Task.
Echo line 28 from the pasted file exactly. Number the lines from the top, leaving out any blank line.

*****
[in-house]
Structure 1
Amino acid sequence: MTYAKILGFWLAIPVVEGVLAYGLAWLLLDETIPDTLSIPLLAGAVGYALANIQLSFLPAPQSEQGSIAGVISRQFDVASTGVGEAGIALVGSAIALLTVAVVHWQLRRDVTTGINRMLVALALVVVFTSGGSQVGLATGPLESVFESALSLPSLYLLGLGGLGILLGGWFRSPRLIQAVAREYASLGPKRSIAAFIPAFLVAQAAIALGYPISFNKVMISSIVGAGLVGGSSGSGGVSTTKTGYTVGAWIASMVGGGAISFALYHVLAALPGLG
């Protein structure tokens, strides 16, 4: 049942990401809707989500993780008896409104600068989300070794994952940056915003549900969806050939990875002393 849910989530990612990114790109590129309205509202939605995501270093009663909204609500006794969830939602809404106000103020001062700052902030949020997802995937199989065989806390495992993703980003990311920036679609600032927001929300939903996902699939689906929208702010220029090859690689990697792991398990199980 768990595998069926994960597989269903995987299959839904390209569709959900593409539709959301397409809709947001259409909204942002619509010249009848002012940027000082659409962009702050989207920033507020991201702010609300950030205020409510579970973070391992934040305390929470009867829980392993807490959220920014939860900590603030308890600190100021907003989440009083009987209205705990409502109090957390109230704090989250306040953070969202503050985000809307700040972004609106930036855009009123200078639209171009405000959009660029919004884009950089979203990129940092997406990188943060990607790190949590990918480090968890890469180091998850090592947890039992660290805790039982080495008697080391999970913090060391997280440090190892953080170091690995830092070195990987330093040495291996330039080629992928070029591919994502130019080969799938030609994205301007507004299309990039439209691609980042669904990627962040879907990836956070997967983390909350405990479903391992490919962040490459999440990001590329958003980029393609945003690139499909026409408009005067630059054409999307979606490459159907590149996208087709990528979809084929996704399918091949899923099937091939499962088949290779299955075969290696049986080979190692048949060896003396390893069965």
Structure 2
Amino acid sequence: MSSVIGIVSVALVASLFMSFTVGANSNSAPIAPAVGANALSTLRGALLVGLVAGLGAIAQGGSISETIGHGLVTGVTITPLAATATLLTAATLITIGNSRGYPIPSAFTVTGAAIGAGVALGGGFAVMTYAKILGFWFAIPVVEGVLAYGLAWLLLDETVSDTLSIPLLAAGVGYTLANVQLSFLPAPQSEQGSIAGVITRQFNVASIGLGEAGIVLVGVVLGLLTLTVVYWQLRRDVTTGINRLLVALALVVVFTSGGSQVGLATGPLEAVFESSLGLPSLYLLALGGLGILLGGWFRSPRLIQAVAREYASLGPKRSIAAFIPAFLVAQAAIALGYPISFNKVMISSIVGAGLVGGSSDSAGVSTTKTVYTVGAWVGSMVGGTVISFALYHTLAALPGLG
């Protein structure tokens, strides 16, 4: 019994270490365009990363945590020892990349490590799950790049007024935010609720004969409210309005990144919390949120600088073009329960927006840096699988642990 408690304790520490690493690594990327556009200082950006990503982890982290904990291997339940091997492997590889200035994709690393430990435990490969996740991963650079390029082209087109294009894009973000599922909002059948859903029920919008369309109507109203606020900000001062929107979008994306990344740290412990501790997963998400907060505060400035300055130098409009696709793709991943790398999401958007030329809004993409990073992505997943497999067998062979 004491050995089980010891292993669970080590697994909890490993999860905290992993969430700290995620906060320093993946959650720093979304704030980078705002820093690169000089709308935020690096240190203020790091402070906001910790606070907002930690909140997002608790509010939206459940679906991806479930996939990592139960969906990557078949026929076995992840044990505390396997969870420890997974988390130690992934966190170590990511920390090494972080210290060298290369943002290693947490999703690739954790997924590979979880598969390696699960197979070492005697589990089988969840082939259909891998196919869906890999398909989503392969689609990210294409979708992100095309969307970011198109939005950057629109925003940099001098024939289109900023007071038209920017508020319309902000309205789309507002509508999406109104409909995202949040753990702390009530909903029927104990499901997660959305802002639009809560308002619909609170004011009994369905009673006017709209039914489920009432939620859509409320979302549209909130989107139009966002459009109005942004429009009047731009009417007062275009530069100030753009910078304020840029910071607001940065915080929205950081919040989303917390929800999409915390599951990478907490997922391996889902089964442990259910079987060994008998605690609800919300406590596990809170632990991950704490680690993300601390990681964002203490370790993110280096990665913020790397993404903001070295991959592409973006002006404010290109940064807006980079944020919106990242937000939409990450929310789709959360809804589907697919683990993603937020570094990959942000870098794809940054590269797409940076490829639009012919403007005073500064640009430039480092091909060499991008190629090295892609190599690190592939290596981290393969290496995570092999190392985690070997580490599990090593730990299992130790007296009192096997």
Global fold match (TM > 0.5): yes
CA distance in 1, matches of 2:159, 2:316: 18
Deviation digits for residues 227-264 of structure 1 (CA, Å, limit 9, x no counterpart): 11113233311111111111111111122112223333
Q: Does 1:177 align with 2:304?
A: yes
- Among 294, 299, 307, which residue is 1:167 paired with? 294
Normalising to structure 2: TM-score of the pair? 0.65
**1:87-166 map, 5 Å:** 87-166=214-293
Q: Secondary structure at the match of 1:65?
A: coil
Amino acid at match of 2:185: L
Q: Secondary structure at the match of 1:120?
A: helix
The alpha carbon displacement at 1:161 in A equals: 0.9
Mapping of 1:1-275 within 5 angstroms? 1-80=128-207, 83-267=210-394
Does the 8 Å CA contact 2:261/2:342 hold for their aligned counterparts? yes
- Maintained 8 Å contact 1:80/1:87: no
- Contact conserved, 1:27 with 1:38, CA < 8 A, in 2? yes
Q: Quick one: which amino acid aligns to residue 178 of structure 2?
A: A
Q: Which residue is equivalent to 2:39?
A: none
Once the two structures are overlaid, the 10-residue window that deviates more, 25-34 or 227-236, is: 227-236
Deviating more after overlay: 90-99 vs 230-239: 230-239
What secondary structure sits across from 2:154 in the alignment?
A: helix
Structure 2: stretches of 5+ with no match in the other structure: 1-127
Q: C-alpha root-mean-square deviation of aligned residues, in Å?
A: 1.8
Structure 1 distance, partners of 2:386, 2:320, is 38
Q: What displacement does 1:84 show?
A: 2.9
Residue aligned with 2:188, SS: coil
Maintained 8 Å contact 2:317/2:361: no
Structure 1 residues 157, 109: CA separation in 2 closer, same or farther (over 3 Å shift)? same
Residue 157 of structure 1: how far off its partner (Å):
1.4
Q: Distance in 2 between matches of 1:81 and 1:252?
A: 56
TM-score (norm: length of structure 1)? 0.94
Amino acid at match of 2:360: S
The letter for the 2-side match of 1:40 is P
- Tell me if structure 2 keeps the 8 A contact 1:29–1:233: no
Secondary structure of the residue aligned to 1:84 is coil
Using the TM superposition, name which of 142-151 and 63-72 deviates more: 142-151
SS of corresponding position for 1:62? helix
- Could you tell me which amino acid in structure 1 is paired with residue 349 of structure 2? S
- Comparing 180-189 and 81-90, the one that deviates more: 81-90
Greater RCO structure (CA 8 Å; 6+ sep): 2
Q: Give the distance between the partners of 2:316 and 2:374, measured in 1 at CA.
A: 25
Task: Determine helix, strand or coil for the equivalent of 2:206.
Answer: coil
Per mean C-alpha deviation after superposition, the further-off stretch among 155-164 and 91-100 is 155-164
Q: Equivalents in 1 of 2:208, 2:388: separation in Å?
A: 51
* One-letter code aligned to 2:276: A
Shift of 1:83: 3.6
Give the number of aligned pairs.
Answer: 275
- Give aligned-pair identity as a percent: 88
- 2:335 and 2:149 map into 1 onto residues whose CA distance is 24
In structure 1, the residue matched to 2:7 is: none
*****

Q: Which residue is equivalent to 2:39?